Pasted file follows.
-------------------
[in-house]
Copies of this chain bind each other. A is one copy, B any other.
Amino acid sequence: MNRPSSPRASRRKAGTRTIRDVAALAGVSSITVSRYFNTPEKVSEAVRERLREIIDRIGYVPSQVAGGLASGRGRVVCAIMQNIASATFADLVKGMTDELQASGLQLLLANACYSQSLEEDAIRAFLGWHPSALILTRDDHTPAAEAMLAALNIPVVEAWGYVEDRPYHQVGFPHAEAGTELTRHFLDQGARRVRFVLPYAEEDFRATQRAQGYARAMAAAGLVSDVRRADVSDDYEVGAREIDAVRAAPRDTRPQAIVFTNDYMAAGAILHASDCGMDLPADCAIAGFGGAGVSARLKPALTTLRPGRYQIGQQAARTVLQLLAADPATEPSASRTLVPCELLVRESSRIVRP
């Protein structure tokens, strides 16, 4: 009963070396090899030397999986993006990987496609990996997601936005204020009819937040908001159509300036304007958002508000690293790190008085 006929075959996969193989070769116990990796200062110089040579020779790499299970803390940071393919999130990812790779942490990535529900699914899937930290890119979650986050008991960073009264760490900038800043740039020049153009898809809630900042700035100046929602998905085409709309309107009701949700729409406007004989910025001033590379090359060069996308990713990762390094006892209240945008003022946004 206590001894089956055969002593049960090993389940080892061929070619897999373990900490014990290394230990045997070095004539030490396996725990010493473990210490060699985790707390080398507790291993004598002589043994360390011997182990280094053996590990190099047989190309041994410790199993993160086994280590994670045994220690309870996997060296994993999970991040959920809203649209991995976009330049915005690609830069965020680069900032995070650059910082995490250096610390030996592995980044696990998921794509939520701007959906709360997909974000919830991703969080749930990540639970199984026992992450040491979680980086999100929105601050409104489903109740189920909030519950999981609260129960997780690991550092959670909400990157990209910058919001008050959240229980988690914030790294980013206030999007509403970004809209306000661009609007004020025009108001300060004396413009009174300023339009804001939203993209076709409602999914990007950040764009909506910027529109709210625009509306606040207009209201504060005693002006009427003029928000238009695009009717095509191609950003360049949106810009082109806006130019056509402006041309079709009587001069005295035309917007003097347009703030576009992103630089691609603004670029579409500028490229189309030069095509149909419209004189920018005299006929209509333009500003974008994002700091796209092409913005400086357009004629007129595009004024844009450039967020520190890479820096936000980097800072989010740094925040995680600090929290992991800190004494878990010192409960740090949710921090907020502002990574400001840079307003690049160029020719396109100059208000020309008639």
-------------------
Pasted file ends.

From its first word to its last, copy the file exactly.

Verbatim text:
[in-house]
Copies of this chain bind each other. A is one copy, B any other.
Amino acid sequence: MNRPSSPRASRRKAGTRTIRDVAALAGVSSITVSRYFNTPEKVSEAVRERLREIIDRIGYVPSQVAGGLASGRGRVVCAIMQNIASATFADLVKGMTDELQASGLQLLLANACYSQSLEEDAIRAFLGWHPSALILTRDDHTPAAEAMLAALNIPVVEAWGYVEDRPYHQVGFPHAEAGTELTRHFLDQGARRVRFVLPYAEEDFRATQRAQGYARAMAAAGLVSDVRRADVSDDYEVGAREIDAVRAAPRDTRPQAIVFTNDYMAAGAILHASDCGMDLPADCAIAGFGGAGVSARLKPALTTLRPGRYQIGQQAARTVLQLLAADPATEPSASRTLVPCELLVRESSRIVRP
């Protein structure tokens, strides 16, 4: 009963070396090899030397999986993006990987496609990996997601936005204020009819937040908001159509300036304007958002508000690293790190008085 006929075959996969193989070769116990990796200062110089040579020779790499299970803390940071393919999130990812790779942490990535529900699914899937930290890119979650986050008991960073009264760490900038800043740039020049153009898809809630900042700035100046929602998905085409709309309107009701949700729409406007004989910025001033590379090359060069996308990713990762390094006892209240945008003022946004 206590001894089956055969002593049960090993389940080892061929070619897999373990900490014990290394230990045997070095004539030490396996725990010493473990210490060699985790707390080398507790291993004598002589043994360390011997182990280094053996590990190099047989190309041994410790199993993160086994280590994670045994220690309870996997060296994993999970991040959920809203649209991995976009330049915005690609830069965020680069900032995070650059910082995490250096610390030996592995980044696990998921794509939520701007959906709360997909974000919830991703969080749930990540639970199984026992992450040491979680980086999100929105601050409104489903109740189920909030519950999981609260129960997780690991550092959670909400990157990209910058919001008050959240229980988690914030790294980013206030999007509403970004809209306000661009609007004020025009108001300060004396413009009174300023339009804001939203993209076709409602999914990007950040764009909506910027529109709210625009509306606040207009209201504060005693002006009427003029928000238009695009009717095509191609950003360049949106810009082109806006130019056509402006041309079709009587001069005295035309917007003097347009703030576009992103630089691609603004670029579409500028490229189309030069095509149909419209004189920018005299006929209509333009500003974008994002700091796209092409913005400086357009004629007129595009004024844009450039967020520190890479820096936000980097800072989010740094925040995680600090929290992991800190004494878990010192409960740090949710921090907020502002990574400001840079307003690049160029020719396109100059208000020309008639």